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Broadening the discussion
While there seems to be racial discrimination against the Asian comfort women, Kotler feels that, on the other hand, it has been very difficult to make the Korean activists understand that Korean women were not the only victims of the comfort women system. “Dead men tell no tales,” says Kotler, touching on the fact that many women died making it difficult to know exactly who and what nationalities were victims. Soh adds, “It’s not only an Asian or racial issue, it is also a violation of fundamental human rights regardless of the color of the woman.”
Adding to the discussion, Dr. Margaret Stetz, women’s studies and humanities professor at the University of Delaware and co-editor of Legacies of the Comfort Women of World War II (M.E. Sharpe, 2001), feels that the shared perspective between Asian and Western feminists has made it possible to openly converse not only about the systematic rape of the comfort women, but also rape in war. In Chapter 5, titled “Wartime Sexual Violence Against Women: A Feminist Response,” Stetz writes, “Today, thanks to Asian and Western feminist agitation, no historian, government, or international tribunal can afford to treat the story of any individual ‘comfort woman’ as lacking ‘significance within the larger picture.’”
According to Stetz, Japanese feminists and academics are “leading the way” on the comfort-women issue. They have organized protests, written books, and have recorded and made public interviews with former comfort women. They also arranged a mock tribunal, the Women’s International Tribunal of Japanese Military Sexual Slavery, in December of 2000, which was attended by experts on the Japanese army, international law, and psychology, and saw 75 survivors of the comfort system give oral evidence on the atrocities. Although invited, the Japanese government did not attend. The mock tribunal’s judges found Emperor Hirohito, the Emperor of Japan during World War II, guilty of war crimes and the Japanese government in violation of international law.
The heart of the matter
In 1992, Yoshimi Yoshiaki, a professor at Chuo University in Tokyo, found official documents pertaining to the establishment of the comfort-women system from the 1930s stamped with seals of high-ranking Imperial Army officers. This discovery forced the Japanese government to admit what they had previously denied: that the Japanese Imperial Army had played a role in supervising and managing the slave system.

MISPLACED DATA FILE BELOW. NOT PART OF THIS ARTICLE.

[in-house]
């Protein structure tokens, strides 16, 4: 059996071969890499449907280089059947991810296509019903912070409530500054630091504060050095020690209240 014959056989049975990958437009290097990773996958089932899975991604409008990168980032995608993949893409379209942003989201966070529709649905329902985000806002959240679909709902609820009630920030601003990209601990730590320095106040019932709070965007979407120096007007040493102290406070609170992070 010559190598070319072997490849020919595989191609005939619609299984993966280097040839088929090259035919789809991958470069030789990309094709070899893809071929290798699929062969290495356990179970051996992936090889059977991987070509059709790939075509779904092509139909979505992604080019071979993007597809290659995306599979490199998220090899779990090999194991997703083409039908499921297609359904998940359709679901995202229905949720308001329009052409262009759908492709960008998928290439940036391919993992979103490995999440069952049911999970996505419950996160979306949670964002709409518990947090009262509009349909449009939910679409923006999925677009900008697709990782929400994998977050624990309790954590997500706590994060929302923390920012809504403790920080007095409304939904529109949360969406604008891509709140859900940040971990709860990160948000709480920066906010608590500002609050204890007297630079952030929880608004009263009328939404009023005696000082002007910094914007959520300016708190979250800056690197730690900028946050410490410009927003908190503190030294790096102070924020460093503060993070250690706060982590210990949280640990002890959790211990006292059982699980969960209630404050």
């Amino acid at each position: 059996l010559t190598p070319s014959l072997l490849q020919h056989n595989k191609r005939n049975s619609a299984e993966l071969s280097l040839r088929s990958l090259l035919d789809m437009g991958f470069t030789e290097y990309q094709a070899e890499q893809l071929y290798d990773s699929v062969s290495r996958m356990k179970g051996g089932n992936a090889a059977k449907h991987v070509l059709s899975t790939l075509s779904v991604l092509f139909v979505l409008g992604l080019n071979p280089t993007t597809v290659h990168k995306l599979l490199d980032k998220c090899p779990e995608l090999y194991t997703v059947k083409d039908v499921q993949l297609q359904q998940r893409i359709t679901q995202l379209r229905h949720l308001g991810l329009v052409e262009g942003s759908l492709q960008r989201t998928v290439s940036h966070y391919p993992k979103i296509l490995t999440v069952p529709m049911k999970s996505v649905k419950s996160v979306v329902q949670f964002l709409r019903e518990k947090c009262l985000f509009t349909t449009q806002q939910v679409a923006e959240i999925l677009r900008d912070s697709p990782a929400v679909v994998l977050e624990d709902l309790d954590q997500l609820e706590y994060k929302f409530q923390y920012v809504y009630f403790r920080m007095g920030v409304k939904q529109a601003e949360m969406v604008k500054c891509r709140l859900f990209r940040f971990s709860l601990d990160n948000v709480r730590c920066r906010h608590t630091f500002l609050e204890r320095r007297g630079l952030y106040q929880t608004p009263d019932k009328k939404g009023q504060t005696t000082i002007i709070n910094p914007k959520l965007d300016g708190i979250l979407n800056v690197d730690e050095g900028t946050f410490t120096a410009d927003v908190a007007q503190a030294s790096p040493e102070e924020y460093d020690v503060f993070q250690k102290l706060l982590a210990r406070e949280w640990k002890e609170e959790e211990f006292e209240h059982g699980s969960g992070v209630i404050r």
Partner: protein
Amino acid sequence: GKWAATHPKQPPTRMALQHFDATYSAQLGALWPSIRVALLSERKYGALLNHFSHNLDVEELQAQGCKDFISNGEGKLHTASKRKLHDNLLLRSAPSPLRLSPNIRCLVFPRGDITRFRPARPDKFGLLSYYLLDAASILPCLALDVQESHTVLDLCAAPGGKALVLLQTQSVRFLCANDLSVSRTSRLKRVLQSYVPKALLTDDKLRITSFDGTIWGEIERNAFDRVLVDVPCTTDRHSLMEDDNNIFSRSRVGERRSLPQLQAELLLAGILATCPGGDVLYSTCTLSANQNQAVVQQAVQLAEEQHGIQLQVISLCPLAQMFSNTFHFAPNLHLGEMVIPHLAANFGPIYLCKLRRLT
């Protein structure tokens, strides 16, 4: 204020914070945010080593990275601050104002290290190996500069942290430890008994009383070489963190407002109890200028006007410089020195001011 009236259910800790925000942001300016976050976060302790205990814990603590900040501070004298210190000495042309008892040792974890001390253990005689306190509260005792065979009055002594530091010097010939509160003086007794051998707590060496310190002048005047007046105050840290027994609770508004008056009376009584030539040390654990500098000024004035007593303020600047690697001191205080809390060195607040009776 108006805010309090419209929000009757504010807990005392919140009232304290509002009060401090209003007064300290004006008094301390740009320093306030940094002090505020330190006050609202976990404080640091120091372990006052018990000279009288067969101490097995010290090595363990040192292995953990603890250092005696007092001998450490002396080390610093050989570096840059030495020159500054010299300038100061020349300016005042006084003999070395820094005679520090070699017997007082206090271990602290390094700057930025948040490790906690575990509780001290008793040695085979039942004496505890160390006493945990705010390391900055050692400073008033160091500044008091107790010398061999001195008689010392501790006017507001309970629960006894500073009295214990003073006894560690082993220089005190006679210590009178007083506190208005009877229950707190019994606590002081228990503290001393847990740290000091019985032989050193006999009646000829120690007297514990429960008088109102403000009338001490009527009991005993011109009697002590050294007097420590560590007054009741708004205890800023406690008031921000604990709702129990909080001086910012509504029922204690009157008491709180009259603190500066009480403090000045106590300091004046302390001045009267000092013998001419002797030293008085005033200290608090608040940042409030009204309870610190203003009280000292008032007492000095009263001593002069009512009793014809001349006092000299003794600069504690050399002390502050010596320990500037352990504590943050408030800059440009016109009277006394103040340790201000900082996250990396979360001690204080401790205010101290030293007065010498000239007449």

Over the last 15 years, there have been a handful of apologies from various prime ministers and chief cabinet secretaries. Former comfort women do not see the apologies as an official apology from the Japanese government, only from individuals. “The Japanese government, if you understand how the Japanese legislative process works, never did a formal, legal apology to the comfort women,” says Kotler. “What these women felt in their hearts was correct. When you hold [the apologies] up to the critical test—the legislative process and even linguistically—nothing passes as formal.”
“An apology by a Japanese prime minister is an individual’s opinion,” Kotler clarified at a February 2007 congressional hearing prior to the adoption of HR121. “For an apology to be official, it would have to be: a statement by a minister in session of the Diet, which is their Parliament; a line or lines in an official communiqué while on an overseas visit; or to be a definitive, a statement ratified by the Cabinet. None—and I repeat, none—of these conditions have been met.” The Asian Women’s Fund, which operated from 1995 to 1997 to monetarily compensate comfort women from South Korea, Taiwan, Indonesia, and the Philippines through private sources, provided a letter of apology from the prime minister in its compensation package on the condition that the comfort women did not pursue further compensation. Most of the women rejected this package and continue to campaign for an official apology from the government, which includes compensation through government funds and recognition of their ordeal through government-approved educational textbooks, which currently contain a watered-down version of their story.
US House Resolution 121
Asia Policy Point and Washington Coalition for Comfort Women, which Kotler and Soh are respectively affiliated with, and other US-based grassroots organizations were instrumental in the July 2007 passage of HR121. Sponsored by Congressman Mike Honda (D-CA) who is of Japanese descent, the resolution calls for Japan to “formally acknowledge, apologize, and accept historical responsibility in a clear and unequivocal manner for its Imperial Armed Forces’ coercion of young women into sexual slavery.” Asia Policy Point demanded use of the word “unequivocal” in the resolution, thus requiring absolute clarity of any apology put forth by the Japanese government, inclusive of the criteria stated by Kotler before Congress.